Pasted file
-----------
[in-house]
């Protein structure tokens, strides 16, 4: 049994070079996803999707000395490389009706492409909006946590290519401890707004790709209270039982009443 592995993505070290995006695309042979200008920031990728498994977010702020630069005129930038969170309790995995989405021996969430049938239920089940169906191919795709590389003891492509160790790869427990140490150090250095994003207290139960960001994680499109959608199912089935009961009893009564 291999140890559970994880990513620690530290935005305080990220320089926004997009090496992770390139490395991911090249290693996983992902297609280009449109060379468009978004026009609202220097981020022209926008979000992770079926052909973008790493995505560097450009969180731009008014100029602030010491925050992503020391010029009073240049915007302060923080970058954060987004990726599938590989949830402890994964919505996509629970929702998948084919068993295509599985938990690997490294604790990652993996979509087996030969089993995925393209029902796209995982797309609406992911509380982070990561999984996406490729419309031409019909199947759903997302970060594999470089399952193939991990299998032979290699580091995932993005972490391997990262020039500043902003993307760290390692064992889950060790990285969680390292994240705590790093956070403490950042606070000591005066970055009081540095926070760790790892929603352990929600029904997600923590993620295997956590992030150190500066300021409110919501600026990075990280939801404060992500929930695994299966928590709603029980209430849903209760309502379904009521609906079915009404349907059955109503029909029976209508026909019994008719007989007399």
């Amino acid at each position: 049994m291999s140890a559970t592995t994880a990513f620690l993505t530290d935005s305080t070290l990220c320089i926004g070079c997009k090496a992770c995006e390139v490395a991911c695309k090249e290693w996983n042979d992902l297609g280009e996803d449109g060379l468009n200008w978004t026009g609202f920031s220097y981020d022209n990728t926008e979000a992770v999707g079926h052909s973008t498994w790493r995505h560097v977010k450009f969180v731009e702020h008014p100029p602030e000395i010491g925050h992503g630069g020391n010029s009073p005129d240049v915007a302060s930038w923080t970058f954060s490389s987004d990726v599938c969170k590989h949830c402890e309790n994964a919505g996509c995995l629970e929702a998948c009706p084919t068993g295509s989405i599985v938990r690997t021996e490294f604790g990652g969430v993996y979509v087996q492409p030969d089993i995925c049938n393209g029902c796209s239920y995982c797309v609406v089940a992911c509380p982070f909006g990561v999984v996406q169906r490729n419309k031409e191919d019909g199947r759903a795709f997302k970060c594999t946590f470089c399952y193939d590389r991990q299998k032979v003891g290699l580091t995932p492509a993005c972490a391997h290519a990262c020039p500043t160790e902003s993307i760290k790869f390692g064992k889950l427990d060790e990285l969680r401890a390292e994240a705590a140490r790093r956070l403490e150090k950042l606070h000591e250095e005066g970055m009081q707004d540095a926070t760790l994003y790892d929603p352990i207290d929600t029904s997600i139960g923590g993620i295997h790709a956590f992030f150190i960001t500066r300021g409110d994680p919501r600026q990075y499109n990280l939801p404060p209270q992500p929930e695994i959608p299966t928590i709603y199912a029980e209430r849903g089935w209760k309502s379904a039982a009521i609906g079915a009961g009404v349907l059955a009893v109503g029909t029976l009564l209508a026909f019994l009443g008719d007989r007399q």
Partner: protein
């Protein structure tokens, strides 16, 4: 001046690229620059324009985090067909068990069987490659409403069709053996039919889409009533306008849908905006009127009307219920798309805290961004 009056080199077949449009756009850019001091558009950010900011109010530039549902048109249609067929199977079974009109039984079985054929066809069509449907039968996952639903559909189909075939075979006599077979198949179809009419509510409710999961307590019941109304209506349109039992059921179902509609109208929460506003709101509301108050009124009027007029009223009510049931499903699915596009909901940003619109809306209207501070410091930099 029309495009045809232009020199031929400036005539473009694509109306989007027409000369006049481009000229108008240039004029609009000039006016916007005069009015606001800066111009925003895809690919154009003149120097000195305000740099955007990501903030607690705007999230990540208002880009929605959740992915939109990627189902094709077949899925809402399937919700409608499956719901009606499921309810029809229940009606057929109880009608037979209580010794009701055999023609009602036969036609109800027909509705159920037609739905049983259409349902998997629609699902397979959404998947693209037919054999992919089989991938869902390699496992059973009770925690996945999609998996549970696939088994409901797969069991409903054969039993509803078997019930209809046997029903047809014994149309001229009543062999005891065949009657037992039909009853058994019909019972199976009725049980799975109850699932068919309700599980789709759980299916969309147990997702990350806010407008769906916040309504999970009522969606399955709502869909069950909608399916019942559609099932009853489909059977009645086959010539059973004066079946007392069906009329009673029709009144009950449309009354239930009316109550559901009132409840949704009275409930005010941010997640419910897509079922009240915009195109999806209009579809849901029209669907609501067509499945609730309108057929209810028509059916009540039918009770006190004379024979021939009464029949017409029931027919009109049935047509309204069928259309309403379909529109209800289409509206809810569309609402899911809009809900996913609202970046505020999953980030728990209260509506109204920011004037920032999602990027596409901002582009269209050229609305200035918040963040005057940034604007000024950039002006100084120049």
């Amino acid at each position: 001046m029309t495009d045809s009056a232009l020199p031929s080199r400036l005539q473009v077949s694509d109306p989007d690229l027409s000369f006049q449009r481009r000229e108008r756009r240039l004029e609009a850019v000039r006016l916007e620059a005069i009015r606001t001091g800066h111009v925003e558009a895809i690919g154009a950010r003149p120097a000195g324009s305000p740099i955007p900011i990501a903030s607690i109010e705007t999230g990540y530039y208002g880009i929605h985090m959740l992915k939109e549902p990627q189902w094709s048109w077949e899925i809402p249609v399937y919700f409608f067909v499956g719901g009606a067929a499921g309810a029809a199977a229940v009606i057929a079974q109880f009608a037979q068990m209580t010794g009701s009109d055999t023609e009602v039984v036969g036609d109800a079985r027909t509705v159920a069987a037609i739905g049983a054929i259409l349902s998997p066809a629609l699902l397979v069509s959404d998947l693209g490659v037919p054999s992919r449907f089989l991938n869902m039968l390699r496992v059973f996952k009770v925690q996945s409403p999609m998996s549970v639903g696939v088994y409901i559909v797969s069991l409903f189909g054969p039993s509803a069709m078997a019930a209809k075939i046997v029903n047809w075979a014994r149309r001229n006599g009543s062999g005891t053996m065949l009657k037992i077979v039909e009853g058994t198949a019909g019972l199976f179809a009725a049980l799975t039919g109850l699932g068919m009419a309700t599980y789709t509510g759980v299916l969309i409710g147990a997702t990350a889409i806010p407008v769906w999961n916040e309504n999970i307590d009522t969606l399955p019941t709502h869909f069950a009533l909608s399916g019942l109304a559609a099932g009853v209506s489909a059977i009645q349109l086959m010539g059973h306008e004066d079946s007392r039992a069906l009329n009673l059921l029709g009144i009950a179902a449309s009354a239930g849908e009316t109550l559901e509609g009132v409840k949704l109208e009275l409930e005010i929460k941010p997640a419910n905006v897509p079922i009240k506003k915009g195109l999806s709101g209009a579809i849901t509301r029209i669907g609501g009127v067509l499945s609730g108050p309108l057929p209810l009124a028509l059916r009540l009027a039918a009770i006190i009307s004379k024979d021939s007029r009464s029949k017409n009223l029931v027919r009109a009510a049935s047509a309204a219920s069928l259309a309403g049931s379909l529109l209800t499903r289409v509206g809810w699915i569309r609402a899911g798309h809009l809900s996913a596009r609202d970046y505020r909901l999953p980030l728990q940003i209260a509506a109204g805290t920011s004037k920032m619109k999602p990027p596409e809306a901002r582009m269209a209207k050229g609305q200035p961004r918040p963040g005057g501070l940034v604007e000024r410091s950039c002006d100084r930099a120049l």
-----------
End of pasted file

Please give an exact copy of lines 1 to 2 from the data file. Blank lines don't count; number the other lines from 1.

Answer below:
[in-house]
């Protein structure tokens, strides 16, 4: 049994070079996803999707000395490389009706492409909006946590290519401890707004790709209270039982009443 592995993505070290995006695309042979200008920031990728498994977010702020630069005129930038969170309790995995989405021996969430049938239920089940169906191919795709590389003891492509160790790869427990140490150090250095994003207290139960960001994680499109959608199912089935009961009893009564 291999140890559970994880990513620690530290935005305080990220320089926004997009090496992770390139490395991911090249290693996983992902297609280009449109060379468009978004026009609202220097981020022209926008979000992770079926052909973008790493995505560097450009969180731009008014100029602030010491925050992503020391010029009073240049915007302060923080970058954060987004990726599938590989949830402890994964919505996509629970929702998948084919068993295509599985938990690997490294604790990652993996979509087996030969089993995925393209029902796209995982797309609406992911509380982070990561999984996406490729419309031409019909199947759903997302970060594999470089399952193939991990299998032979290699580091995932993005972490391997990262020039500043902003993307760290390692064992889950060790990285969680390292994240705590790093956070403490950042606070000591005066970055009081540095926070760790790892929603352990929600029904997600923590993620295997956590992030150190500066300021409110919501600026990075990280939801404060992500929930695994299966928590709603029980209430849903209760309502379904009521609906079915009404349907059955109503029909029976209508026909019994008719007989007399």